Abstract / Description of output
This chapter discusses musical interaction in jointly improvised instrumental Raga performances by sitar and tabla duos. One among a number of Anglophone scholars to have justified a topical focus on this musical performance context specifically for its prominently interactive character, Moran argues that interaction in instrumental duo performances ‘is seen to depend on the manifestation and maintenance of the relationships between participants’ (2013, 5). In what follows, we report the methods and findings of research by Cooper (2018; 2019) which extends this claim through analytical attention to both the musical interactions (in terms of both formal and microtiming aspects of performance), and the first-person experiences underlying such relationships. The two main analytical goals of this research are as follows: (i) to provide a rigorous and detailed phenomenological description of the experiential patterns that commonly underlie joint music-making in this genre, especially when deemed highly cohesive, enjoyable and meaningful by the performers themselves; and (ii) to account for how these experiences are shaped through musical performance interaction. The aims of our chapter extend beyond our report and discussion of these music-analytical findings. Following their presentation, we offer critical contextualisation of this project and others like it. We examine the influence of Indian art music on the academic imagination of the Global North, and explore reasons why the embodiment focus of empirical projects such as this might have come to be facilitated by the historical and colonial relationship of ‘Indian music and the West’ (Farrell, 1997). Finally, we ask of ourselves whether such work can ever be critically-aware enough in its methods to justify or truly corroborate the findings.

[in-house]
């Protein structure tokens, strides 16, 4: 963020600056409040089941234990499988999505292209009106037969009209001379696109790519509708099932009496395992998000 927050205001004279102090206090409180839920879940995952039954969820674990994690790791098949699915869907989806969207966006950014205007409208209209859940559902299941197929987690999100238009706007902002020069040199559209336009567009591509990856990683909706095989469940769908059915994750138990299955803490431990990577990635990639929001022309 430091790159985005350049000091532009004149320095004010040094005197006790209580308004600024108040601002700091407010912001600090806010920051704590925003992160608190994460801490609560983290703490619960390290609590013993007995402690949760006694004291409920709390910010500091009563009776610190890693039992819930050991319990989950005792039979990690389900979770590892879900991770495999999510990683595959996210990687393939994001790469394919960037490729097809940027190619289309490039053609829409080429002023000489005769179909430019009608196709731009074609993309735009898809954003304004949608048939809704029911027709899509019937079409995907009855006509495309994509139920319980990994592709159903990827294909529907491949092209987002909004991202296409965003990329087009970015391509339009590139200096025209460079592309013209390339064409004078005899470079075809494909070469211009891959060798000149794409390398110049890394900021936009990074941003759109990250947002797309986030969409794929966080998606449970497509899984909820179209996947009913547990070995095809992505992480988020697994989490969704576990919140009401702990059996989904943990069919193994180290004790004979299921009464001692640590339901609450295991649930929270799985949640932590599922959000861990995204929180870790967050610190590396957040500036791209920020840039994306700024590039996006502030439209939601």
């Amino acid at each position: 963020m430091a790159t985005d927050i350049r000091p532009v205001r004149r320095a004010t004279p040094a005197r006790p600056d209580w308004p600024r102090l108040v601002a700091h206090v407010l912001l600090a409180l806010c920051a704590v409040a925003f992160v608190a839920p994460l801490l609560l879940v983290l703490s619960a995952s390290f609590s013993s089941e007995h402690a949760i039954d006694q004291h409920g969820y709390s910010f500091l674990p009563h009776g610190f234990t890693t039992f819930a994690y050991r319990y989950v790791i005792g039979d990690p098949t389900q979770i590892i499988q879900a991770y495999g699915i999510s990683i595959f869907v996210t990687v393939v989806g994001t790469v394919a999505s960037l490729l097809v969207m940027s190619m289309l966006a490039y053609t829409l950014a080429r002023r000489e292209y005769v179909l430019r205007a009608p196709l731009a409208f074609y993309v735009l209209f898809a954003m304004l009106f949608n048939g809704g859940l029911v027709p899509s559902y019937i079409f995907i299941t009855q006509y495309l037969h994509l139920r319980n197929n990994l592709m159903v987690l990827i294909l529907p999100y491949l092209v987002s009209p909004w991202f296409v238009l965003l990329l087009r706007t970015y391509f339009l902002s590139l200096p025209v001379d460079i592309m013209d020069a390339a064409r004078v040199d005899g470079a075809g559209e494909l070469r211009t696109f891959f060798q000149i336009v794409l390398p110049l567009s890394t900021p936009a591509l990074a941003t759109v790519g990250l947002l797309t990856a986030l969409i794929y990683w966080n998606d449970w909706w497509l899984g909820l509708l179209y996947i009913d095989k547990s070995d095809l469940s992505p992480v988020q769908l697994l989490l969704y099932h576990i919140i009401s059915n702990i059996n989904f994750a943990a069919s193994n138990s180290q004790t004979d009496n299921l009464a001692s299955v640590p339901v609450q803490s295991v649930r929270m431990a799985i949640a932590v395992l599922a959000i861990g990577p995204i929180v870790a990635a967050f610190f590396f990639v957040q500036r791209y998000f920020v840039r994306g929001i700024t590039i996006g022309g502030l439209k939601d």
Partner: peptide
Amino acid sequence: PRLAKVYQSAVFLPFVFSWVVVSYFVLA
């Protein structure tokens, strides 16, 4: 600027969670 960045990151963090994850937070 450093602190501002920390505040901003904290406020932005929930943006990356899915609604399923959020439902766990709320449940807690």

|Title of host publication||Musical Interaction|
|Editors||Michaelson Garrett, Chris Stover|
|Publisher||Oxford University Press|
|Publication status||Accepted/In press - 2022|